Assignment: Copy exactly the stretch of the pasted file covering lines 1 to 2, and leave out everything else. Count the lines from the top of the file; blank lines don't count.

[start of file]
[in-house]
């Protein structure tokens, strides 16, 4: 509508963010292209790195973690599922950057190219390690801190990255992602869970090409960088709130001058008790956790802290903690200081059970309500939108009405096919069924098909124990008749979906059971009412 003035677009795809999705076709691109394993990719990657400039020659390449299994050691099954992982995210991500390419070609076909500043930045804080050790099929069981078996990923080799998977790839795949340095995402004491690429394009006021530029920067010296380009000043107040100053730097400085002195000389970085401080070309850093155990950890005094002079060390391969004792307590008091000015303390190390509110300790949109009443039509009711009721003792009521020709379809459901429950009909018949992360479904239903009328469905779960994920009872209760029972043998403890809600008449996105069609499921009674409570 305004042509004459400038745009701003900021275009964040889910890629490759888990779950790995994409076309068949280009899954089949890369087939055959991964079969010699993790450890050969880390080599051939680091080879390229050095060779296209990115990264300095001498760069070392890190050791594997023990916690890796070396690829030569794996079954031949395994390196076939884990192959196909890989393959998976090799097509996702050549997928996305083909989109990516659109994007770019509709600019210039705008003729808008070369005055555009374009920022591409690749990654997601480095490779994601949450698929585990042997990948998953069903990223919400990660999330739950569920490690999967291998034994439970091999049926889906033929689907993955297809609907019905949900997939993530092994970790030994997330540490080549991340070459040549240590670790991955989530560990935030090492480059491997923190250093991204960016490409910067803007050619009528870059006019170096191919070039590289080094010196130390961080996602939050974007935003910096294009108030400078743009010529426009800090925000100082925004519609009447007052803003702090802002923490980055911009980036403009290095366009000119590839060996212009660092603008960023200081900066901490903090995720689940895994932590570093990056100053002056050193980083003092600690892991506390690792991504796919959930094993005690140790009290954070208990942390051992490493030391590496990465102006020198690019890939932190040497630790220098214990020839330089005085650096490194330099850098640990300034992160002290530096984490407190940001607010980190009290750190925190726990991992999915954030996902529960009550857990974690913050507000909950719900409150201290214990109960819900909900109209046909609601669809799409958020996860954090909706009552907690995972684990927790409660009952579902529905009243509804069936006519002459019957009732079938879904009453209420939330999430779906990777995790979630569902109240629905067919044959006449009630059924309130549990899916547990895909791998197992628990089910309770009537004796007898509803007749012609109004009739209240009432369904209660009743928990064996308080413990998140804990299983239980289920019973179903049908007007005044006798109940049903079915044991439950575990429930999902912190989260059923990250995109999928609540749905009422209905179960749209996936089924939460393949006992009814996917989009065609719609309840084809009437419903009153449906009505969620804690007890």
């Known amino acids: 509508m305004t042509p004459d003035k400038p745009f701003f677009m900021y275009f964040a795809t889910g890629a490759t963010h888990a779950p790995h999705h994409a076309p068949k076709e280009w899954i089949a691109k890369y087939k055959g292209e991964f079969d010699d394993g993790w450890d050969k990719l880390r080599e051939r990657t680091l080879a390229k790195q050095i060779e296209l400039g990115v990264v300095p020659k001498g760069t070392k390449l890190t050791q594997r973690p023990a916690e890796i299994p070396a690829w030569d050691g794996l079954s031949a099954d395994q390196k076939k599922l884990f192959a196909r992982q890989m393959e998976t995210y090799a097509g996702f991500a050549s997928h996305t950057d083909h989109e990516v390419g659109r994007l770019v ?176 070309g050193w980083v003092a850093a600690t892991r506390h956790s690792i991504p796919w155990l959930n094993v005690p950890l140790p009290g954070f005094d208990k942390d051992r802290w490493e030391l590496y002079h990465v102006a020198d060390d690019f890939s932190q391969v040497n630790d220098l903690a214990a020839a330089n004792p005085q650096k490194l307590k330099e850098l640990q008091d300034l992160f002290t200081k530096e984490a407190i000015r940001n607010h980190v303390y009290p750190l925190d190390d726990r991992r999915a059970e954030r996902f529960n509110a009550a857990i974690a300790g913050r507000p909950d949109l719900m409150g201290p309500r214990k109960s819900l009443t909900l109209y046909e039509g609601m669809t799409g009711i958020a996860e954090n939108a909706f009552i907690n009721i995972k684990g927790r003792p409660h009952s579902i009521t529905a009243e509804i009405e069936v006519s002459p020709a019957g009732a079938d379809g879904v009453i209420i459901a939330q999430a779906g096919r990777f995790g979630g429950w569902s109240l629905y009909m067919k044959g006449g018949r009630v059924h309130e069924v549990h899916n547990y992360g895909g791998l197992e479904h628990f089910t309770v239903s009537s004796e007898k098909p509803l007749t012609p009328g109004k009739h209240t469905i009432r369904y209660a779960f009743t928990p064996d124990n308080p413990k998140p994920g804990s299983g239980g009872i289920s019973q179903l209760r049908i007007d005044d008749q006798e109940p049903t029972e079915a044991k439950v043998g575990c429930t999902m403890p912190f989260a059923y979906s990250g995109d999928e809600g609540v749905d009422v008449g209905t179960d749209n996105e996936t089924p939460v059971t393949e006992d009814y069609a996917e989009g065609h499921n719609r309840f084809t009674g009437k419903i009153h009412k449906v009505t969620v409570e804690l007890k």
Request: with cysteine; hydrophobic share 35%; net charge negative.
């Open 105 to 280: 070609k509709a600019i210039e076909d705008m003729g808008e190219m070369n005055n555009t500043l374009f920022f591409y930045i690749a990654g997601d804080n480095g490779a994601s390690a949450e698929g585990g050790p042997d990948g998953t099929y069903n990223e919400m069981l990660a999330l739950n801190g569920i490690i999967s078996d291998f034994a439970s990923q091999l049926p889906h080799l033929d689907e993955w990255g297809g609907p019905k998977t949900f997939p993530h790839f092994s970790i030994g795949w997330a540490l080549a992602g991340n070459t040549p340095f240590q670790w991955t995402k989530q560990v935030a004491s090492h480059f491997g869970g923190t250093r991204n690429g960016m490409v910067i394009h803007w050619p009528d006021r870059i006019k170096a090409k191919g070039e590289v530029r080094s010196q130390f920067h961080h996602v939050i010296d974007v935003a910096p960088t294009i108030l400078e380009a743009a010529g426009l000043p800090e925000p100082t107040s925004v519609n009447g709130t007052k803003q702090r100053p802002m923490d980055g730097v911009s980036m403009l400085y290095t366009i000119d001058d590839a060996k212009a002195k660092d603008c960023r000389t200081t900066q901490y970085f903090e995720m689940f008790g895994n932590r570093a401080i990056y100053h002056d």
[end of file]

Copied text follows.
[in-house]
């Protein structure tokens, strides 16, 4: 509508963010292209790195973690599922950057190219390690801190990255992602869970090409960088709130001058008790956790802290903690200081059970309500939108009405096919069924098909124990008749979906059971009412 003035677009795809999705076709691109394993990719990657400039020659390449299994050691099954992982995210991500390419070609076909500043930045804080050790099929069981078996990923080799998977790839795949340095995402004491690429394009006021530029920067010296380009000043107040100053730097400085002195000389970085401080070309850093155990950890005094002079060390391969004792307590008091000015303390190390509110300790949109009443039509009711009721003792009521020709379809459901429950009909018949992360479904239903009328469905779960994920009872209760029972043998403890809600008449996105069609499921009674409570 305004042509004459400038745009701003900021275009964040889910890629490759888990779950790995994409076309068949280009899954089949890369087939055959991964079969010699993790450890050969880390080599051939680091080879390229050095060779296209990115990264300095001498760069070392890190050791594997023990916690890796070396690829030569794996079954031949395994390196076939884990192959196909890989393959998976090799097509996702050549997928996305083909989109990516659109994007770019509709600019210039705008003729808008070369005055555009374009920022591409690749990654997601480095490779994601949450698929585990042997990948998953069903990223919400990660999330739950569920490690999967291998034994439970091999049926889906033929689907993955297809609907019905949900997939993530092994970790030994997330540490080549991340070459040549240590670790991955989530560990935030090492480059491997923190250093991204960016490409910067803007050619009528870059006019170096191919070039590289080094010196130390961080996602939050974007935003910096294009108030400078743009010529426009800090925000100082925004519609009447007052803003702090802002923490980055911009980036403009290095366009000119590839060996212009660092603008960023200081900066901490903090995720689940895994932590570093990056100053002056050193980083003092600690892991506390690792991504796919959930094993005690140790009290954070208990942390051992490493030391590496990465102006020198690019890939932190040497630790220098214990020839330089005085650096490194330099850098640990300034992160002290530096984490407190940001607010980190009290750190925190726990991992999915954030996902529960009550857990974690913050507000909950719900409150201290214990109960819900909900109209046909609601669809799409958020996860954090909706009552907690995972684990927790409660009952579902529905009243509804069936006519002459019957009732079938879904009453209420939330999430779906990777995790979630569902109240629905067919044959006449009630059924309130549990899916547990895909791998197992628990089910309770009537004796007898509803007749012609109004009739209240009432369904209660009743928990064996308080413990998140804990299983239980289920019973179903049908007007005044006798109940049903079915044991439950575990429930999902912190989260059923990250995109999928609540749905009422209905179960749209996936089924939460393949006992009814996917989009065609719609309840084809009437419903009153449906009505969620804690007890």